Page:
Mansion fire’s cause a mystery
Two weeks after blaze, investigators still unable to find origin
A fire that gutted a Post Falls mansion two weeks ago has stymied investigators.
“We’ve reached a dead end,” said Dan Ryan, a Kootenai County Fire Department division chief.
The cause of the Feb. 16 blaze remains undetermined, he said. Investigators also failed to pinpoint where the fire, which was visible for miles, started.
Though the case isn’t formally closed, Ryan said local fire investigators have abandoned their inquiry, as have agents of the Idaho State Fire Marshal’s office and the federal Bureau of Alcohol, Tobacco, Firearms and Explosives.
Investigative help had been sought because of the size and circumstances surrounding the fire. Foreclosure on the $1.5 million home was imminent, and the owner, Pamela Wallace, has filed for bankruptcy with her husband, Leonard Wallace.
The couple had moved valuables and some furnishings from the home in the days leading up to the fire. The Wallaces told police they were removing belongings as the possibility of eviction neared.
Furthermore, the night of the fire, the Wallaces had engaged in a shouting match over flooding damage in the home, apparently caused by dishwasher problems. Police were summoned to the home, but a report wasn’t filed.
With the water turned off at the home, Leonard Wallace left for the night to stay in small living quarters in his workshop several miles away. Pamela Wallace spent the night with friends. The couple’s grown children rented a motel room for the night.
Hours later flames engulfed the home.
After the fire, a dog trained to sniff out fuel residues led investigators to several items, but lab tests revealed the petroleum product was slow-burning lamp oil, Ryan said. The Wallaces told investigators early in the investigation that they sometimes used fuel lanterns or torches to illuminate the deck of their riverfront home.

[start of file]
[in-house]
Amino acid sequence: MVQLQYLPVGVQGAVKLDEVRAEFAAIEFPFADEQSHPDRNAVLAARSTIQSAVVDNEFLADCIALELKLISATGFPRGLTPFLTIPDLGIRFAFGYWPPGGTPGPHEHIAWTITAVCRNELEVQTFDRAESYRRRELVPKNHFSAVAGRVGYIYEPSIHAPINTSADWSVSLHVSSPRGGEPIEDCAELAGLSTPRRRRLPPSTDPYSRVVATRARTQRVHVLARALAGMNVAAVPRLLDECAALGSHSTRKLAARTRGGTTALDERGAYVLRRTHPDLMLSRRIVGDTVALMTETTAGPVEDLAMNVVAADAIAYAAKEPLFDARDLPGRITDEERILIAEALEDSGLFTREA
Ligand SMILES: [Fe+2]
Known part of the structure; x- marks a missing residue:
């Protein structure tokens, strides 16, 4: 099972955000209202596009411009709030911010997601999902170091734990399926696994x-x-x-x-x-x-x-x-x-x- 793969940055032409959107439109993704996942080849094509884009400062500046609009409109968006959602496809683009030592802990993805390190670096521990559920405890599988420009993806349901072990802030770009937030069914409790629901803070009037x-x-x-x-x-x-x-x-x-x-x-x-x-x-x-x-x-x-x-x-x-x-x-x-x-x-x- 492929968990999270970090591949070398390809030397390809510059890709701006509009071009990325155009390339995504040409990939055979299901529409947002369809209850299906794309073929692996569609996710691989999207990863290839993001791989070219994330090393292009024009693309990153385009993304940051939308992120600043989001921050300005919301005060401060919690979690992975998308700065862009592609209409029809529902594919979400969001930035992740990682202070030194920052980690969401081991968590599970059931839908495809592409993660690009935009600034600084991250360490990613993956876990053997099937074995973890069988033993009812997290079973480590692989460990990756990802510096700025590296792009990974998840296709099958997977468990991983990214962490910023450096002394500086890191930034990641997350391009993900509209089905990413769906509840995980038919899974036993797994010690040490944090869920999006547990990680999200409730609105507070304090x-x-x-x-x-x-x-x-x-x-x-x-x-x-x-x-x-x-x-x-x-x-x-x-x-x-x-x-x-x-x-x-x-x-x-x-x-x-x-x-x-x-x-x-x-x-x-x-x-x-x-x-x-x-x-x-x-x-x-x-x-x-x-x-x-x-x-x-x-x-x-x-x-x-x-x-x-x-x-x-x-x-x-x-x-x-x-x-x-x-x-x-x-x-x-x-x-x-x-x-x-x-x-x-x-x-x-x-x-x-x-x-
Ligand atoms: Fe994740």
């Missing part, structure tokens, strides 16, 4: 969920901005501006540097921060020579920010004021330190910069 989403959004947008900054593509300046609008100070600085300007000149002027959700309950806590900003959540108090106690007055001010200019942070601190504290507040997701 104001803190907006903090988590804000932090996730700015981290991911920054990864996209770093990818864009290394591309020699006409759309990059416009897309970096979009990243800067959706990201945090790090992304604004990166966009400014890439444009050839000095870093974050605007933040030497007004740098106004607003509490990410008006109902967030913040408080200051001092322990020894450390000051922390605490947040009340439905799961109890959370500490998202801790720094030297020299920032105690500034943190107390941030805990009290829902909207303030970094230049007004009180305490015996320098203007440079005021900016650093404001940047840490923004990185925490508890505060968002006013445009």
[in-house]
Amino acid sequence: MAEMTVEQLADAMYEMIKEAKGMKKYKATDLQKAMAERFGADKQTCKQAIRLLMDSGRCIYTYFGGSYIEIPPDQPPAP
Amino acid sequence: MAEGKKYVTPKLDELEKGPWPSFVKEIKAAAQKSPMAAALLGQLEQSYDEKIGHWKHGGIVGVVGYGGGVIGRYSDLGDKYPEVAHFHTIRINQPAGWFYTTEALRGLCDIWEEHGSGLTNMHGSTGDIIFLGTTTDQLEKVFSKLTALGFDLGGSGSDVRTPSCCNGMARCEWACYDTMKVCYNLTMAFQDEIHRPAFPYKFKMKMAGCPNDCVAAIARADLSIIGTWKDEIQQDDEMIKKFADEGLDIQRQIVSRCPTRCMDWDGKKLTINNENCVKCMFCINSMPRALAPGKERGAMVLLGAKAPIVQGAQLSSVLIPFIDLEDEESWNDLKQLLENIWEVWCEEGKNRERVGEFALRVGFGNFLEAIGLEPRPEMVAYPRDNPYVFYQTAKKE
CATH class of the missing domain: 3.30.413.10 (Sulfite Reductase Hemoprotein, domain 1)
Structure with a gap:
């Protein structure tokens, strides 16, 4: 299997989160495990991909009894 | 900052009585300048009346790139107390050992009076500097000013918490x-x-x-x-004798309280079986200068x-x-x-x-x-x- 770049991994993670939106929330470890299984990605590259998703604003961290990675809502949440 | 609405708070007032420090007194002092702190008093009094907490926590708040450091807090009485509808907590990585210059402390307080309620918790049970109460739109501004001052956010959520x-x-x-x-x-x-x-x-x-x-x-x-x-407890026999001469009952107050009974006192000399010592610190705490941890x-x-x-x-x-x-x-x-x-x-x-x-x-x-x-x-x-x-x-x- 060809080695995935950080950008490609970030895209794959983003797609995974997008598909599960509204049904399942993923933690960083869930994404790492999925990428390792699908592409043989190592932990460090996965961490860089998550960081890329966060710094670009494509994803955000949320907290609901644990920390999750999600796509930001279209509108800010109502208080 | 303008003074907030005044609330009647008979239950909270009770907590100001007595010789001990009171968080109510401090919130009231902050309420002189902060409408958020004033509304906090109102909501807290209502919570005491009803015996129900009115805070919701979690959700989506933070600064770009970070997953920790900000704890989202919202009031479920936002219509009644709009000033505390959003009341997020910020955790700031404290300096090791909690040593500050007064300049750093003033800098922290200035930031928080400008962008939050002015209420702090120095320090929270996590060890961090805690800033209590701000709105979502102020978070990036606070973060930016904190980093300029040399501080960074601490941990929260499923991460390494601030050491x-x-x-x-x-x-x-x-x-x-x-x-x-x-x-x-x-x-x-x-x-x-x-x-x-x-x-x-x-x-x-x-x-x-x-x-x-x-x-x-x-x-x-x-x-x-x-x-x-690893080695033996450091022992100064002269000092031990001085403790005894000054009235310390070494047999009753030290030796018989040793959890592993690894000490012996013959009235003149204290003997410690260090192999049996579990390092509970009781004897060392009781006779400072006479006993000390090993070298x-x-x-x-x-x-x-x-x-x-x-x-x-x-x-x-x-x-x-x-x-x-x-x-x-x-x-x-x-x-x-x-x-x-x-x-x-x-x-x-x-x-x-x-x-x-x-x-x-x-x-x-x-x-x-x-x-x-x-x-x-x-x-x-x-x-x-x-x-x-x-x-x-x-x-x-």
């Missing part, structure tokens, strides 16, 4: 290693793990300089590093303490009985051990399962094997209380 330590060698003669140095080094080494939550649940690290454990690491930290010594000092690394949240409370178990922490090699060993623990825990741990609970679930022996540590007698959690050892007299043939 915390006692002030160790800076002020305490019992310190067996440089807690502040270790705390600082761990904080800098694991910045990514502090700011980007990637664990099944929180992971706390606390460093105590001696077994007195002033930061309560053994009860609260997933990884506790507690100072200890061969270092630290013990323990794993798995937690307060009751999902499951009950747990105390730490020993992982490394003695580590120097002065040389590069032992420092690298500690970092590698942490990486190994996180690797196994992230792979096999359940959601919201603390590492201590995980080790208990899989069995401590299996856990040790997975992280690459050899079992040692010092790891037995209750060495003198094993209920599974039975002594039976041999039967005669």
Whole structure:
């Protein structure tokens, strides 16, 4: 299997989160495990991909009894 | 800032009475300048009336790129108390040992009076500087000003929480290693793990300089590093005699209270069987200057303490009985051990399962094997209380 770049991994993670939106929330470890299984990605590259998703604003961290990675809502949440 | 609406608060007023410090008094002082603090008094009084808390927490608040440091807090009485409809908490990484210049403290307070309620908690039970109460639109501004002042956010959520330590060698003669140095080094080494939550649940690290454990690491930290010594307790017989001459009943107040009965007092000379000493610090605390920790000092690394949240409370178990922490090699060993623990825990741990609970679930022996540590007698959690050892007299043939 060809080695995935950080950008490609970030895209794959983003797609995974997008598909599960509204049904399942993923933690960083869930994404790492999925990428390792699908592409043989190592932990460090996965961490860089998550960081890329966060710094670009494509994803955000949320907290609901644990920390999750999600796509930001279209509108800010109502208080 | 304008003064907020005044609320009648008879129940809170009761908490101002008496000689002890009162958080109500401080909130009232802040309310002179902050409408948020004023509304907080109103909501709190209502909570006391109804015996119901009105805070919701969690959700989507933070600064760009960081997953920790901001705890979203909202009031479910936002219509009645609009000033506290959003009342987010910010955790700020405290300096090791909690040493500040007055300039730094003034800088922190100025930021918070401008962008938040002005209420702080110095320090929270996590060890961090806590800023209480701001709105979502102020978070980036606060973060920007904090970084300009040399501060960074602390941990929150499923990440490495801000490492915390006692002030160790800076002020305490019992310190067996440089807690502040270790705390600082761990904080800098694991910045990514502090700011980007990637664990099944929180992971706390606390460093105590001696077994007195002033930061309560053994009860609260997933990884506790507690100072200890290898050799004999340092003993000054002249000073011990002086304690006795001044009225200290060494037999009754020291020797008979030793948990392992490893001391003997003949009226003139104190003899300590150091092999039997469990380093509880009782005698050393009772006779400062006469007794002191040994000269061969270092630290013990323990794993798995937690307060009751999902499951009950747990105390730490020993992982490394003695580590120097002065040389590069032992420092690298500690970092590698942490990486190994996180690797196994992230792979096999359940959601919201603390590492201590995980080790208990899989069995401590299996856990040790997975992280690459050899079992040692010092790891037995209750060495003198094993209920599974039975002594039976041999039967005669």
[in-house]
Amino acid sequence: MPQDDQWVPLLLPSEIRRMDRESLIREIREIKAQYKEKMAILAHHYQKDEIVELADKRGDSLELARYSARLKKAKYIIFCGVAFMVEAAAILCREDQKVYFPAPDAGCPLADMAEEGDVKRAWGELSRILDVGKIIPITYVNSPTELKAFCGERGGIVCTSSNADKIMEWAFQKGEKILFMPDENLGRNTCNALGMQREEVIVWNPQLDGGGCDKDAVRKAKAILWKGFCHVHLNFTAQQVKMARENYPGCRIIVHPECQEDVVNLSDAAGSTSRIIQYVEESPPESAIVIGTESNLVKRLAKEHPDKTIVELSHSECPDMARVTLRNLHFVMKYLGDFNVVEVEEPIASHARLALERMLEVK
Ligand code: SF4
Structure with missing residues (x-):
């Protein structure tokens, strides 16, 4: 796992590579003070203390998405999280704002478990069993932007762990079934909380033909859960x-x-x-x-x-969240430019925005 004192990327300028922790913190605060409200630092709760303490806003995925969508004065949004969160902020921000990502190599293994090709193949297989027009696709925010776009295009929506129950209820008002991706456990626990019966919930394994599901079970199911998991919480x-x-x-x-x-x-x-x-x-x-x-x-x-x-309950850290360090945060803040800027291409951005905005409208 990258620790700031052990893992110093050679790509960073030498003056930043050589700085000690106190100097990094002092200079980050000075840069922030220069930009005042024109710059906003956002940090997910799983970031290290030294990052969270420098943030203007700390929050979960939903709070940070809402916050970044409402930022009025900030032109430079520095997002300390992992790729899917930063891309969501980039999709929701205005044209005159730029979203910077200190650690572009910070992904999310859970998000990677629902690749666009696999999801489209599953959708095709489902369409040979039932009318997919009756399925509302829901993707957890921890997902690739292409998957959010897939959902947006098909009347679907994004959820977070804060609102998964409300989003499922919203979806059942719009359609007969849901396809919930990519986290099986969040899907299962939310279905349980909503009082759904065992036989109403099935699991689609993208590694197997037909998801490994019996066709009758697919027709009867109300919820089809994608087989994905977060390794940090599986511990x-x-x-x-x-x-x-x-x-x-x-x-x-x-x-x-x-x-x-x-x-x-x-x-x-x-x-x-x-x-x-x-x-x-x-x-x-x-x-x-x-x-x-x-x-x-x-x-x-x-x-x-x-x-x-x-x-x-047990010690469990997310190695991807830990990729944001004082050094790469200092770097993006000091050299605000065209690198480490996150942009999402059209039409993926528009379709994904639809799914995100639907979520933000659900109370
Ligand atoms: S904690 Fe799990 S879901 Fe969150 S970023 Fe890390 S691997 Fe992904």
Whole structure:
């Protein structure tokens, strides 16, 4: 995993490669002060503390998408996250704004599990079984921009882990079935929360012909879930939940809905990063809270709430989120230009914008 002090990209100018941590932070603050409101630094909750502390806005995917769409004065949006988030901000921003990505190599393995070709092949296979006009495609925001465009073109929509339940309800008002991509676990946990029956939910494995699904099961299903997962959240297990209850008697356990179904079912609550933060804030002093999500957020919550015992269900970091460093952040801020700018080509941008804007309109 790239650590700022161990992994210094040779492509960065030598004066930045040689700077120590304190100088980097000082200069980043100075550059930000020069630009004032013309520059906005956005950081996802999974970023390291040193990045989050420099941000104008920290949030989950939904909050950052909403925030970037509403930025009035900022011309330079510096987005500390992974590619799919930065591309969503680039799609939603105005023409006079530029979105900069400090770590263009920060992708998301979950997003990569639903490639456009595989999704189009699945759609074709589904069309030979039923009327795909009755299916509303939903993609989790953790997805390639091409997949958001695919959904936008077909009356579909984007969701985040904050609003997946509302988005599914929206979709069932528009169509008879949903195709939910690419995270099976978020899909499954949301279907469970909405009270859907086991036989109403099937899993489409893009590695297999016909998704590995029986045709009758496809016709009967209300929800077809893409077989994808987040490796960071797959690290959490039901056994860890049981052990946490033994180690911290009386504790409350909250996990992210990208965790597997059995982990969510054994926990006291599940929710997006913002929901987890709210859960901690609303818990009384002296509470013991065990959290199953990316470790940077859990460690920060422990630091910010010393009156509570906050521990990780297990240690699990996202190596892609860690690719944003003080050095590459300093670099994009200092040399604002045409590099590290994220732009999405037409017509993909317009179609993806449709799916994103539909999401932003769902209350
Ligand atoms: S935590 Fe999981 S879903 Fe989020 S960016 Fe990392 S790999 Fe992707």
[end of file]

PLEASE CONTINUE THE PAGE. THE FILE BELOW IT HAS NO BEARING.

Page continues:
“Lamp oil isn’t something one would use to start such a fire,” Ryan said. “We haven’t even been able to determine where it started.”
The 10,000-square-foot home had an open floor plan that helped the fire spread. The home was built in 1986 and remodeled in the 1990s. It had large windows and soaring brick walls, cherry wood, decorative marble and granite, and multiple fireplaces, all situated on landscaped grounds along the north bank of the Spokane River.
Ryan said the insurance company has since demolished the walls as a safety precaution.
The next step may be negotiations between the insurance company and Deutsche Bank, the lender foreclosing on the property.
The Wallaces have alleged that their financial problems stem from an elaborate Montana business fraud that resulted in a multimillion-dollar judgment against them.
They are attempting to use bankruptcy protection to escape the judgment by relitigating the case, surrendering mostly undeveloped property to lenders and then reorganizing their finances by keeping a couple of cash-generating properties, including an apartment complex in Cheney.
Their $24 million bankruptcy is being challenged by creditors. A court hearing in mid-March will pit the Wallaces against creditors who want the couple’s properties seized and sold and their remaining assets turned to cash for repayment of debts.
The conclusion of the fire investigation may do little to slow the bankruptcy case.
Ryan said any time investigators can’t figure out a fire it’s troublesome.
“We’re disappointed,” he said. “No one wants to walk away scratching his head.”